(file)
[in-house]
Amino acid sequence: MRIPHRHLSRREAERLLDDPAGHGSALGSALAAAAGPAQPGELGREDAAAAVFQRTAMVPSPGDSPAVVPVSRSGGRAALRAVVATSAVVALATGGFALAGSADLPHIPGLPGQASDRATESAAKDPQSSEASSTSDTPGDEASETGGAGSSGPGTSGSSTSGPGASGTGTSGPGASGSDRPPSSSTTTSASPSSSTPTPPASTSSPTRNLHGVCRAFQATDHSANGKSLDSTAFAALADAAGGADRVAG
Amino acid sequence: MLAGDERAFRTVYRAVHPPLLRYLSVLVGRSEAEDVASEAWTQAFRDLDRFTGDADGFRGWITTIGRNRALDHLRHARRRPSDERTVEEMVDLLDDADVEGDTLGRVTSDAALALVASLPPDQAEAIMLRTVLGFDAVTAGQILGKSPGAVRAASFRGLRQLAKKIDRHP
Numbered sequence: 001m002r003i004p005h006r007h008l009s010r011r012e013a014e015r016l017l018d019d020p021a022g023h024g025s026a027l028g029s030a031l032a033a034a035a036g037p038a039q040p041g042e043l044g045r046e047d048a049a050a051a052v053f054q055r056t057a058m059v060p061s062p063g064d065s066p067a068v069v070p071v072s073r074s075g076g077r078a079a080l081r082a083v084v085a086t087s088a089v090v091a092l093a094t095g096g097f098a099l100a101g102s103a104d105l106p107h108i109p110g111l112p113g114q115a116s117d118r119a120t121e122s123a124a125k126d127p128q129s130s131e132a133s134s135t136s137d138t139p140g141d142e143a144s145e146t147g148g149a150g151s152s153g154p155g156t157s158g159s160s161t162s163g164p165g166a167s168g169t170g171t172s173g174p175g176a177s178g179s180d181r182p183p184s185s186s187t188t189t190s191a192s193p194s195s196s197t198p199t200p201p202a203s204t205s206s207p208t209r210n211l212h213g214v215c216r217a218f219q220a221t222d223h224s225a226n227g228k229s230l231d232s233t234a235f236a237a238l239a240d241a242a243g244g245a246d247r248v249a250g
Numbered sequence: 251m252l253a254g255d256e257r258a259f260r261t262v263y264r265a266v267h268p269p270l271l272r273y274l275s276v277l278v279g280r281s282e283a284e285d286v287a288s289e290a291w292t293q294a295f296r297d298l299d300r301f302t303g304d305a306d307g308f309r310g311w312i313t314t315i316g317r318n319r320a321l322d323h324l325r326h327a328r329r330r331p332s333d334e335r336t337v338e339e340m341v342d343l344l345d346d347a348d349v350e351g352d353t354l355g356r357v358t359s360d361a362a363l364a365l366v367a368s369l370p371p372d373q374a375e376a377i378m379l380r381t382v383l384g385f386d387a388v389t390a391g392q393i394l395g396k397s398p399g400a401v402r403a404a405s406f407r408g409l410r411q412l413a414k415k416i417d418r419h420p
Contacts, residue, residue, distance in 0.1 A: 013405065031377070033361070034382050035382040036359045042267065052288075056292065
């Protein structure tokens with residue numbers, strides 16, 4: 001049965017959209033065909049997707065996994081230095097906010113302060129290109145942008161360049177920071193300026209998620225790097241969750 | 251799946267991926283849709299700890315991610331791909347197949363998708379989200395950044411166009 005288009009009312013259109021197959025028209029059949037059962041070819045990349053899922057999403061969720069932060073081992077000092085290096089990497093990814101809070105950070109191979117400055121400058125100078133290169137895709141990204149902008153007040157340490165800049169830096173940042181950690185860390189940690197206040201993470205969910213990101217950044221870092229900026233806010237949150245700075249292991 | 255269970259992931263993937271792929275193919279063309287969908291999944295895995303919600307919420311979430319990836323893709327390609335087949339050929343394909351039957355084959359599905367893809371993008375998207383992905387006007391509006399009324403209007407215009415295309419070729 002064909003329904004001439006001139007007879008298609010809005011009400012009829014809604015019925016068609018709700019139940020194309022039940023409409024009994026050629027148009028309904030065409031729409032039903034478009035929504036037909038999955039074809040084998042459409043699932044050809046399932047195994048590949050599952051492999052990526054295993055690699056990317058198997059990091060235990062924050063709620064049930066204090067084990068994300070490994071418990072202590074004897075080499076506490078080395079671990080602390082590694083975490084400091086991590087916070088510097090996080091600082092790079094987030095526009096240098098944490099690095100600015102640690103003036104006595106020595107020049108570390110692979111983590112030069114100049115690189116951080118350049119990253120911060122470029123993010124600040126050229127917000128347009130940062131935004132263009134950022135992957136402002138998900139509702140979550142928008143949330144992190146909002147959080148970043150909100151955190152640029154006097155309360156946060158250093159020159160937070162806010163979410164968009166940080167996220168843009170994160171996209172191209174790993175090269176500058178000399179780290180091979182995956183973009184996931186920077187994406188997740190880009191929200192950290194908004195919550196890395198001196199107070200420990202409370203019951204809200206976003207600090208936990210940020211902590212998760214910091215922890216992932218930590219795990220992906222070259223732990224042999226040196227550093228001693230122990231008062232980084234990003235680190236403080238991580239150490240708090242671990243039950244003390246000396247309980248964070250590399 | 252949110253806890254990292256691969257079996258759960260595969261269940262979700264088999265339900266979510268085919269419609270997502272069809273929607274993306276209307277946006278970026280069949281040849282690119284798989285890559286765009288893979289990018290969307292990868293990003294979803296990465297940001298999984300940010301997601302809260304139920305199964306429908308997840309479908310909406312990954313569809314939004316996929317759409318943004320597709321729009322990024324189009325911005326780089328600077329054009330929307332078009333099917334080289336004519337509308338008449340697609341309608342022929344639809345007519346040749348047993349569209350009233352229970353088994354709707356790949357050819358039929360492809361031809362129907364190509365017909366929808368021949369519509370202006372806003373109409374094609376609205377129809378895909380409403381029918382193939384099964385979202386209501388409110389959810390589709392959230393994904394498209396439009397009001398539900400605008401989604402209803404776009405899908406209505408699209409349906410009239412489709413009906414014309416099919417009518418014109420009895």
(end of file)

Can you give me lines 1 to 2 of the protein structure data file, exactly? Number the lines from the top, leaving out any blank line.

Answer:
[in-house]
Amino acid sequence: MRIPHRHLSRREAERLLDDPAGHGSALGSALAAAAGPAQPGELGREDAAAAVFQRTAMVPSPGDSPAVVPVSRSGGRAALRAVVATSAVVALATGGFALAGSADLPHIPGLPGQASDRATESAAKDPQSSEASSTSDTPGDEASETGGAGSSGPGTSGSSTSGPGASGTGTSGPGASGSDRPPSSSTTTSASPSSSTPTPPASTSSPTRNLHGVCRAFQATDHSANGKSLDSTAFAALADAAGGADRVAG